Don't Miss the Digital Identity for Emergency Response LiveCast!
The COVID-19 pandemic has highlighted the importance of having efficient mechanisms for social assistance delivery to vulnerable groups in the aftermath of emergencies or economic shocks. While the world has in the past repeatedly experienced major crisis that require humanitarian interventions, nowhere in our recent memory has there been an event with as broad and as deep of an impact as COVID-19. The pandemic has exposed inadequacies in governments’ ability to respond to the urgent needs—financial, public health, etc—of their populations and have uncovered a digital divide between those who have and those who do not have access to the digital world.
Identity systems in the pandemic
In the immediate aftermath of the pandemic, countries that had functioning identity systems (especially social registries) with high coverage of the population—such as India, Chile, Thailand, and South Africa fared better than those that had no infrastructure. Those registries were used as the bases for affecting cash transfers within the context of social programs (identity that empowers).
Robust digital identity registries can be used not only for efficiency (lower cost of service) but also to ensure fairness of the distribution and that no one, who is genuinely in need, is left behind. Knowing the population (KYP: Know-Your-Population) is the first step in assessing and delivering needed aid to it.
For countries that do not have adequate identity infrastructure today, the objective should be to develop functional or foundational identity systems as quickly as possible, and to link assistance and service delivery programs to such registries. This could mean the development of temporary identity programs or fast population enrollment campaigns that allow the onboarding of large segments of the population, without having to go through the traditional and lengthy pathways for enrolling people into national identity programs.
The Digital Identity for Emergency Response LiveCast
ID4Africa is organizing this LiveCast episode to examine the role digital identity plays in emergency response. Discussions will examine the experiences of countries that have managed to quickly develop such systems or those that have linked their emergency response programs to already existing digital identity schemes. The discussion will be focused within the context of social safety nets, labor programs, public health and health services, refugees, pandemic responses, and natural disasters. The objective is to derive lessons learned that could be helpful to countries seeking to quickly launch social programs linked to digital identity.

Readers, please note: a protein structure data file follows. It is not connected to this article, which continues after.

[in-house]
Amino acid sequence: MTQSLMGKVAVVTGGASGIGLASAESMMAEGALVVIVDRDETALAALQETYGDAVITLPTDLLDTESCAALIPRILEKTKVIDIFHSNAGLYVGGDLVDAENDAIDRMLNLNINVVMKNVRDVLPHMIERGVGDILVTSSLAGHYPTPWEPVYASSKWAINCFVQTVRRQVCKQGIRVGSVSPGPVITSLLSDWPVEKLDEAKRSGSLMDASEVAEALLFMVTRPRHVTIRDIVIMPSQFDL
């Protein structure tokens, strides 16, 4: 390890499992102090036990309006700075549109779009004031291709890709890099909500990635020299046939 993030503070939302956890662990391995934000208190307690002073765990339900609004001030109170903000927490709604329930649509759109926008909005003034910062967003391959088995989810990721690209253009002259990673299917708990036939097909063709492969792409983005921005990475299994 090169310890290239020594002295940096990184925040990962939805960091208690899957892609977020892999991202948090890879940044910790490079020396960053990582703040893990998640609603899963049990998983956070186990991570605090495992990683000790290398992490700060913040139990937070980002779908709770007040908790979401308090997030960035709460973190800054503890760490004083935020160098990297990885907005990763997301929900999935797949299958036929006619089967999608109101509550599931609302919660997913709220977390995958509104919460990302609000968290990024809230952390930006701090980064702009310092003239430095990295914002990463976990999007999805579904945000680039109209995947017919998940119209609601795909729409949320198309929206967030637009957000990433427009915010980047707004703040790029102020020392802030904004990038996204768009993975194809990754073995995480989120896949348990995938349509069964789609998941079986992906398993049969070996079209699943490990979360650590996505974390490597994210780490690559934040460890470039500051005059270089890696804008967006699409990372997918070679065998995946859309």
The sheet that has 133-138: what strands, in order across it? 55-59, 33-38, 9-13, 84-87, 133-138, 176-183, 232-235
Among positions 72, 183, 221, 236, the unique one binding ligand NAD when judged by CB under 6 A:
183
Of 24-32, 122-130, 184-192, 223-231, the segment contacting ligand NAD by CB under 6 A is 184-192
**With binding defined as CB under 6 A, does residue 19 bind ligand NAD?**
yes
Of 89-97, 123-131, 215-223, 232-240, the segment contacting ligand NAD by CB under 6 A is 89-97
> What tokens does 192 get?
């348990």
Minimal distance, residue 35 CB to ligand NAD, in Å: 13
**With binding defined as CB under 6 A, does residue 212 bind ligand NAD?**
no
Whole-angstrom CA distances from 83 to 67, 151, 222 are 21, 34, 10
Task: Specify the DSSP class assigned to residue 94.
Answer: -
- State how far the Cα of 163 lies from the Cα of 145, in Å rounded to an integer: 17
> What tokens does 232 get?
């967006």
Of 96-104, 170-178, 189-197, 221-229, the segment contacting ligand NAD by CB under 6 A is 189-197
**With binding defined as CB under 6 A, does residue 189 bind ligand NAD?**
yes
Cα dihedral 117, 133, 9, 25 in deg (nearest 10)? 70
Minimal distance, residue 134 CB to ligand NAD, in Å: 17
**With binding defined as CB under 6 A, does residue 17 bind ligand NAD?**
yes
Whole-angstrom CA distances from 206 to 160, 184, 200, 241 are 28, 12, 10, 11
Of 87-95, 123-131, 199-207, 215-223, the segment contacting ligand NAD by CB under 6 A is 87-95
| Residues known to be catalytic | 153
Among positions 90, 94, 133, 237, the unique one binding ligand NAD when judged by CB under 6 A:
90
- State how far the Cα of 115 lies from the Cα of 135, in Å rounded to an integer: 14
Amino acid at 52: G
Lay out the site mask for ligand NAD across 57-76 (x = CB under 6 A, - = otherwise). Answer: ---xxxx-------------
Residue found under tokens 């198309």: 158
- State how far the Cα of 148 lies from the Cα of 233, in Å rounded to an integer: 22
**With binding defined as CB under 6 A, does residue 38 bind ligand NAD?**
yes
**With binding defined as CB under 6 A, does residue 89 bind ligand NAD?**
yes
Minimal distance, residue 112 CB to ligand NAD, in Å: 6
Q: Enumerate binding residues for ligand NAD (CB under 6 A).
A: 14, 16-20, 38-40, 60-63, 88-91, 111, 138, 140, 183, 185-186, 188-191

Dr. Joseph Atick is a recognized world renowned advocate and expert on identity matters. Having been one of the founders of the identity industry nearly 30 years ago, he led several companies in that domain and developed some of the foundational algorithms underlying secure digital identity today, including the first commercially viable face recognition algorithm.
Dr. Atick retired from the industry in 2010 to focus on promoting identity for social and economic development around the world. In that mission he partnered with the World Bank and other UN agencies, and was heavily involved in the development and field testing of the methodology and analytic tools that would guide the subsequent activities in that space, and would lead to the launch of the ID4D initiative at the World Bank.
In 2014, he co-founded ID4Africa as a pan-African Movement to promote responsible digital transformations through digital identity in Africa. He is a staunch defender of privacy, data protection and human rights and continues to provide counsel to governments and international organization on the use of identity for public good. Dr. Atick holds a Ph.D. in Mathematical Physics from Stanford University.
Global Lead, Social Protection
The World Bank
Robert Palacios oversees Pensions and Social Insurance in the Social Protection and Labor Practice of the World Bank. Previously he served as a member of the research department team that produced the World Bank’s influential volume on international pension systems.
His current areas of special interest include integration of policies across social sectors and use of technology to deliver and track social programs.
Robert represents the SPL Global Practice on the ID4D Working Group.
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Date & Time: October 14th, 14:30-16:30 CET (Paris Time)
(Space is Limited)